Jagweed is also used in another Tina Fey show, The Unbreakable Kimmy Schmidt.


Of Mork & Mindy fame, shazbot is “Orkan profanity” that also works as a euphemism for "sh**." Robin Williams is said to have made up the word himself—not surprising for an actor who did so much hilarious ad-libbing on the show, the writers left “blank moments” to let him have at it.

The word shazbot might be influenced by Shazam, aka Captain Marvel, and robot.


Smeg, from the British science fiction series Red Dwarf, seems to be used to replace "f***." “Why don’t you smegging well smeg off!" says Rimmer. "You annoying little smeggy smegging smegger!”

As for where smeg comes from, it echoes the (disgusting) word smegma, “a whitish sebaceous secretion that collects between the glans penis and foreskin or in the vulva.”


In addition to being an all-purpose, seemingly random word replacement—“Didn’t you love smurfing with Papa Smurf at the smurf yestersmurf?"—smurf is also a euphemism for God or lord. “Great smurfs!” Papa Smurf cries, and “Name of a smurf!”

In the recent Smurfs movie, the word is used more like a direct expletive replacement: “Where the smurf are we?"

We're at the smurfing end, you smurfing smurf-head.

LEGO Is Rolling Out Its First Sustainable, Plant-Based Blocks

LEGO produces roughly 19 billion elements each year [PDF], and until recently, most of those bricks, minifigures, and accessories were made using oil. Now, the toy company has announced that it's experimenting with more sustainable production methods for certain items. As Mashable reports, the company will start selling 'botanical' pieces made from real plants this year.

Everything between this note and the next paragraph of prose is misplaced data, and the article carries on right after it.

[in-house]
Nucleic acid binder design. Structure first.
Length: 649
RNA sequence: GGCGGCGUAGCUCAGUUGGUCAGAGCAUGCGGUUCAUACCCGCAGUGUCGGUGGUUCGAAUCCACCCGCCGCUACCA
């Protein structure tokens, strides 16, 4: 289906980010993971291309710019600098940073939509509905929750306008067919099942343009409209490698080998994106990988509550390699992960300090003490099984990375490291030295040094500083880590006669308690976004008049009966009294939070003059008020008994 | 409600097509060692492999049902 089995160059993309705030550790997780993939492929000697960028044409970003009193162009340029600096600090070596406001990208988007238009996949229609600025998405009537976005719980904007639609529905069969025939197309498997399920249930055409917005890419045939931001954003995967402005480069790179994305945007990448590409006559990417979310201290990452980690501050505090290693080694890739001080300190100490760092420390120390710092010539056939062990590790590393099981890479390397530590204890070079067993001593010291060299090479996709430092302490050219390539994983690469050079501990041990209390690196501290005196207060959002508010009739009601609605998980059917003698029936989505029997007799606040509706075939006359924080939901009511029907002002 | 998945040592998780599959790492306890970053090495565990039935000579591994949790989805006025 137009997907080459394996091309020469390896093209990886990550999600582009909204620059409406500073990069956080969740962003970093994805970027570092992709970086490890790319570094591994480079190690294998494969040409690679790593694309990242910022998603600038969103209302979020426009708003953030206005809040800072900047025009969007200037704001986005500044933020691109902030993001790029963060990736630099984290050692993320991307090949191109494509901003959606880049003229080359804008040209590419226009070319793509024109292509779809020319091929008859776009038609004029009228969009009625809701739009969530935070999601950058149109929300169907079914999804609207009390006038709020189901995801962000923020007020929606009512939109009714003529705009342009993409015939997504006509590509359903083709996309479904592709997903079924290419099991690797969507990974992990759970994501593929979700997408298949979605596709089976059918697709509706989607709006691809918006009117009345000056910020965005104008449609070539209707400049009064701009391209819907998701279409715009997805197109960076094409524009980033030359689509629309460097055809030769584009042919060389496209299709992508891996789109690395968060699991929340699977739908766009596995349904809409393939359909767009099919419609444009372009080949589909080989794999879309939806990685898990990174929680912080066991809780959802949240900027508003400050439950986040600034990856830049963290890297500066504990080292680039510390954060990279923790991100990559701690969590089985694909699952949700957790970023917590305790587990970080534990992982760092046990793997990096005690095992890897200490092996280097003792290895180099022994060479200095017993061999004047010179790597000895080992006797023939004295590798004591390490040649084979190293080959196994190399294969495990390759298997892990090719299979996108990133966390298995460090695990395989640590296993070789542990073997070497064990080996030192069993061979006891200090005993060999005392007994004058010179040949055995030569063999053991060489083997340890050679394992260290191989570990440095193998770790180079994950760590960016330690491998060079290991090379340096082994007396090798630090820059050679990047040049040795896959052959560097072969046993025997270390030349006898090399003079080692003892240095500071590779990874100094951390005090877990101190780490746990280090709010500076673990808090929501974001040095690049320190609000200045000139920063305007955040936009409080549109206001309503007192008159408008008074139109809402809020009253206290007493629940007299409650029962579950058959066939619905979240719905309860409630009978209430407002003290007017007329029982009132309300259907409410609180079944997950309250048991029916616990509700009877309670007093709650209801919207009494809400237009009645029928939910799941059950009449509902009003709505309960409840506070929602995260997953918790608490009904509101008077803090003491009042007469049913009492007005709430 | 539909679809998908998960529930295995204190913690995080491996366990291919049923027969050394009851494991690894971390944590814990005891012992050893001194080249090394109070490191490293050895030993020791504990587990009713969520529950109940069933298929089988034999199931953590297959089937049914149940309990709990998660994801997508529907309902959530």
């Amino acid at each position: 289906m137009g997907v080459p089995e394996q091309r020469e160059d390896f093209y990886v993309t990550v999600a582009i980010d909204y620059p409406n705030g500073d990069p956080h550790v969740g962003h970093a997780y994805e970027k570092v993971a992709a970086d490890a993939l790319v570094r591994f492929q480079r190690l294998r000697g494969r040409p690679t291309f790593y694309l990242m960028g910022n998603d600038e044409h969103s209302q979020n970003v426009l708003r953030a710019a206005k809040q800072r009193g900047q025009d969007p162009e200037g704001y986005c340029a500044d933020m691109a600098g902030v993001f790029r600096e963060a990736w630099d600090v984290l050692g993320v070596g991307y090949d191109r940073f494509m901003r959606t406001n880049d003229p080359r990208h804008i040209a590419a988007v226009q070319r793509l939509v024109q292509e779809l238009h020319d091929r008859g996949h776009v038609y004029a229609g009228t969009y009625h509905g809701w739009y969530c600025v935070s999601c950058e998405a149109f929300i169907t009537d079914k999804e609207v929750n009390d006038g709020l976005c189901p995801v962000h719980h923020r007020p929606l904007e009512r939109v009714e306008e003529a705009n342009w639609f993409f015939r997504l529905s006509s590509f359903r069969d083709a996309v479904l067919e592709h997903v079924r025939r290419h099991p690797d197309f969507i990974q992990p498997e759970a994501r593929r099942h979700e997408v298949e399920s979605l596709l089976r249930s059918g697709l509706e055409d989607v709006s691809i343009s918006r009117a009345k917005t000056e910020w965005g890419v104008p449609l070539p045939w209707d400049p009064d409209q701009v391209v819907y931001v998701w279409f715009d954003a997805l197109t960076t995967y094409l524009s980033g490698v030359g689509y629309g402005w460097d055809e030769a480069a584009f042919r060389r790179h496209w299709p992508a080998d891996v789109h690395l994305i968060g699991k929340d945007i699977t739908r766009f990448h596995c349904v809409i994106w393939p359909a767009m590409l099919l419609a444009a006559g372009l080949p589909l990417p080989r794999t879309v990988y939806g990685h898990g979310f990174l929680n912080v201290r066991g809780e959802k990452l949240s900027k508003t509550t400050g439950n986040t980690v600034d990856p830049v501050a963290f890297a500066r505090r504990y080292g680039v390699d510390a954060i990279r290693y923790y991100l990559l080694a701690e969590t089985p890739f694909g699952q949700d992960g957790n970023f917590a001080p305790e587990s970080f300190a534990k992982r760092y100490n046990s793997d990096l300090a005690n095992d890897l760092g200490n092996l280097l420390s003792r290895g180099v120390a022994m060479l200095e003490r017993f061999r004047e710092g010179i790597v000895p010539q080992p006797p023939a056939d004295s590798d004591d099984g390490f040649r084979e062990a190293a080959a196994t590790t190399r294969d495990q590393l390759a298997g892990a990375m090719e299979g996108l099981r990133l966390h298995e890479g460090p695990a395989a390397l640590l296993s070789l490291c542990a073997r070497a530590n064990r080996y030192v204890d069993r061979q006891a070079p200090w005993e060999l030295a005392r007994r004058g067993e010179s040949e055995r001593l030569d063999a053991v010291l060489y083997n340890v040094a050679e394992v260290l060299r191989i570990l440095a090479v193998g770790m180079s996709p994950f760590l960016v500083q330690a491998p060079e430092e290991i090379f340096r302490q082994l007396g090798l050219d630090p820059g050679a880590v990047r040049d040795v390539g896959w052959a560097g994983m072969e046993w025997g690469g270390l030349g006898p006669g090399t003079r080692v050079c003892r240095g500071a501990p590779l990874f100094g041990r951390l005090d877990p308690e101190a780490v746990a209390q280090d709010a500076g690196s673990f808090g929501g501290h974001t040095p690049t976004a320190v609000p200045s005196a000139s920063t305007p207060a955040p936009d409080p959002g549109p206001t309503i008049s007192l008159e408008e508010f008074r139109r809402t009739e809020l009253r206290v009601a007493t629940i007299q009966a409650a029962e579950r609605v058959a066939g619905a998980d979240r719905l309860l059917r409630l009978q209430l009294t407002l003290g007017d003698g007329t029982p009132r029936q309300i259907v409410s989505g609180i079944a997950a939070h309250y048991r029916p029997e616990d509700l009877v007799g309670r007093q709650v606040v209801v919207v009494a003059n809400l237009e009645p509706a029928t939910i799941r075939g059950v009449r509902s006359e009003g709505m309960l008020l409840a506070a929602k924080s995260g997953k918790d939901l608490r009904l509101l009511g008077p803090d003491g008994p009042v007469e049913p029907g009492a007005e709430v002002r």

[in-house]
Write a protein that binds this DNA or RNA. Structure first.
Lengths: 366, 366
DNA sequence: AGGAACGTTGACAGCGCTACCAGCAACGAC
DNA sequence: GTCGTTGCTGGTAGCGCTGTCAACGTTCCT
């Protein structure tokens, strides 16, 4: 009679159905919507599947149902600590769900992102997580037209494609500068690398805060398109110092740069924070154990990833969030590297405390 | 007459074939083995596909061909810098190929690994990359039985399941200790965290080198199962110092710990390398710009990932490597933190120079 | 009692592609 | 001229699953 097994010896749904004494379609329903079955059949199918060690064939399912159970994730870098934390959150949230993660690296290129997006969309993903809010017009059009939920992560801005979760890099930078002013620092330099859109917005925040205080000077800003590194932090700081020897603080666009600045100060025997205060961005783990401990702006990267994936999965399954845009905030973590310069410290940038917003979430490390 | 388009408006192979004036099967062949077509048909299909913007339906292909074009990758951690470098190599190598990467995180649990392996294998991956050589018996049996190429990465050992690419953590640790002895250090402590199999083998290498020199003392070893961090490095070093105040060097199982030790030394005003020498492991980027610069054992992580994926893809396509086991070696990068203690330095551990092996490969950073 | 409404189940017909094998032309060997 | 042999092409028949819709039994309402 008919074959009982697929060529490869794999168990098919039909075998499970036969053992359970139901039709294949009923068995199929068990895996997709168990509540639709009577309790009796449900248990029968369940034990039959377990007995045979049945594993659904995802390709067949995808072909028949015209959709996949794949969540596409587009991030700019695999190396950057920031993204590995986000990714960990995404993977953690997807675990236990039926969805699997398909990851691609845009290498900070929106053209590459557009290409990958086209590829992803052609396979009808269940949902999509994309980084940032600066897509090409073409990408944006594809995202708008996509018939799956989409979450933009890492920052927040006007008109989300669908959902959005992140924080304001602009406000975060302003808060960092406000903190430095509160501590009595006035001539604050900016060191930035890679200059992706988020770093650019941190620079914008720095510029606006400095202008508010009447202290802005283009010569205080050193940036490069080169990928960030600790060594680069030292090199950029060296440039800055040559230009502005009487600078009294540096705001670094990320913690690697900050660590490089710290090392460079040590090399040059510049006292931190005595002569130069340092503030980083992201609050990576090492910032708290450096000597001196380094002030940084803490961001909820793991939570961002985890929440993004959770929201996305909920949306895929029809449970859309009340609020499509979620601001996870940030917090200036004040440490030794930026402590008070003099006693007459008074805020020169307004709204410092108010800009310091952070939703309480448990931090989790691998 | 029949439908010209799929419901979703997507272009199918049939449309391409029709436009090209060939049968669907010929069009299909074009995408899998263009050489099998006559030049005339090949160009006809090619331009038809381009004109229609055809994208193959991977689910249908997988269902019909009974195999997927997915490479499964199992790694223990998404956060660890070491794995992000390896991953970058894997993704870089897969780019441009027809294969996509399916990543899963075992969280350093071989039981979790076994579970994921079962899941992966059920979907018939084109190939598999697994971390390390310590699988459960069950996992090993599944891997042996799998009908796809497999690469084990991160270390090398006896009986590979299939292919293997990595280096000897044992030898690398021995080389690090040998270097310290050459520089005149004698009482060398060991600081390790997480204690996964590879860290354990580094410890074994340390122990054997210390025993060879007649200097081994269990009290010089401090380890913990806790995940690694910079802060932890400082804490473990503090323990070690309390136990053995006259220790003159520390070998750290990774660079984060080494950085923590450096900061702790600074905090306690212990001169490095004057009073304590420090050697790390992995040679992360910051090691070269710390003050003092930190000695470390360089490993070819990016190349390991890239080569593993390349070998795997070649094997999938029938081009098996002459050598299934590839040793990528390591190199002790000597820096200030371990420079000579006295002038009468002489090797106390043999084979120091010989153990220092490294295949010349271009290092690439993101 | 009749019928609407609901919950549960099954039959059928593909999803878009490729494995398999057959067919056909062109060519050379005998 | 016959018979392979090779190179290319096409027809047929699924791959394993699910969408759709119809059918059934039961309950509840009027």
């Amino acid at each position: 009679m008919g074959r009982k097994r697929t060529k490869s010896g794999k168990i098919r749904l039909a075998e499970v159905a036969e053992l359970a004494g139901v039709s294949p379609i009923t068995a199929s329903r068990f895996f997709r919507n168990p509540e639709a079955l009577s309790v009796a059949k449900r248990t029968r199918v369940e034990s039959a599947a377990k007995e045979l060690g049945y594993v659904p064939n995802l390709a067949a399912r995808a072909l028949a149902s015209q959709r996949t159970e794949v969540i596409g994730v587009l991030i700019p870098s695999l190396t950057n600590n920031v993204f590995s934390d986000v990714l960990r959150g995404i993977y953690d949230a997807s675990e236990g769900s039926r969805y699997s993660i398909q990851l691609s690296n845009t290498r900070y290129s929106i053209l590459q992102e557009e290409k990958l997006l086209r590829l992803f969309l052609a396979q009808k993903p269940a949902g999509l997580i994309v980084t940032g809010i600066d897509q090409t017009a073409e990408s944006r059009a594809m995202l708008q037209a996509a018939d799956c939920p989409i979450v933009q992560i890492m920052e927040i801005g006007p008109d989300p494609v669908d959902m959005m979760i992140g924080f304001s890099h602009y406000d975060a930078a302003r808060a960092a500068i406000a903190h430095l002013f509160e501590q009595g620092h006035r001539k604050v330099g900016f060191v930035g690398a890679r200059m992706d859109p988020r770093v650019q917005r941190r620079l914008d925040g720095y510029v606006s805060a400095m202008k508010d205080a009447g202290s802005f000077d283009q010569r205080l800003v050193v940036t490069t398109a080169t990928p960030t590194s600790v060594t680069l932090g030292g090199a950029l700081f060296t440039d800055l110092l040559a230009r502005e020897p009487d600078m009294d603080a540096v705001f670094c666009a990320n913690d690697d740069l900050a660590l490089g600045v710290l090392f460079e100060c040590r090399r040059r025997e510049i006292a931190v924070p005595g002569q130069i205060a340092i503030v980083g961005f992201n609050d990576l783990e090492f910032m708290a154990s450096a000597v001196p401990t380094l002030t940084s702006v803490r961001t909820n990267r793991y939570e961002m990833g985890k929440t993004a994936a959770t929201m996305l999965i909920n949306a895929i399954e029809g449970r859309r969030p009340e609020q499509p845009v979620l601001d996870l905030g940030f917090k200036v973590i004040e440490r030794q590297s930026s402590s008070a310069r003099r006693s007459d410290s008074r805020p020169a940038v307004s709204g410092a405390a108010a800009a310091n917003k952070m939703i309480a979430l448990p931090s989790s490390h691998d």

To craft the new type of material, LEGO is sourcing sugarcane from Brazil. The crops are grown on agricultural land rather than former rainforests, and the sourcing has received the stamp of approval from the Bioplastic Feedstock Alliance, an organization that encourages corporations to make sustainable, plant-based plastics.

Making LEGO parts from sugarcane results in a softer plastic, so the new method will only be used to make plant pieces like leaves, bushes, and trees for now. The bioplastic botanicals will start appearing in LEGO boxes this year and become standard by the end of 2018.

“The LEGO Group’s decision to pursue sustainably sourced bio-based plastics represents an incredible opportunity to reduce dependence on finite resources," Alix Grabowski, a senior program officer at the World Wildlife Fund, said in a release from LEGO.

Though the switch will reduce the company's carbon footprint, the bioplastic botanicals still only make up of a small fraction of their total product line. LEGO says the change represents one step in its mission to use sustainable materials in core products and packaging by 2030.

[h/t Mashable]

St. Patrick's Day By the Numbers

You know St. Patrick's Day falls on the 17th of March. And you probably know how many green beers is too many green beers for you to consume. But do you know how many boys born in Ireland are named Patrick each year? Or how many people travel to Ireland to celebrate the holiday each March? The folks at RewardExpert, a website dedicated to helping travelers find the best frequent flyer and travel credit card reward programs for their lifestyle, do. And they've gathered it all together in one handy infographic, just in time for the big day.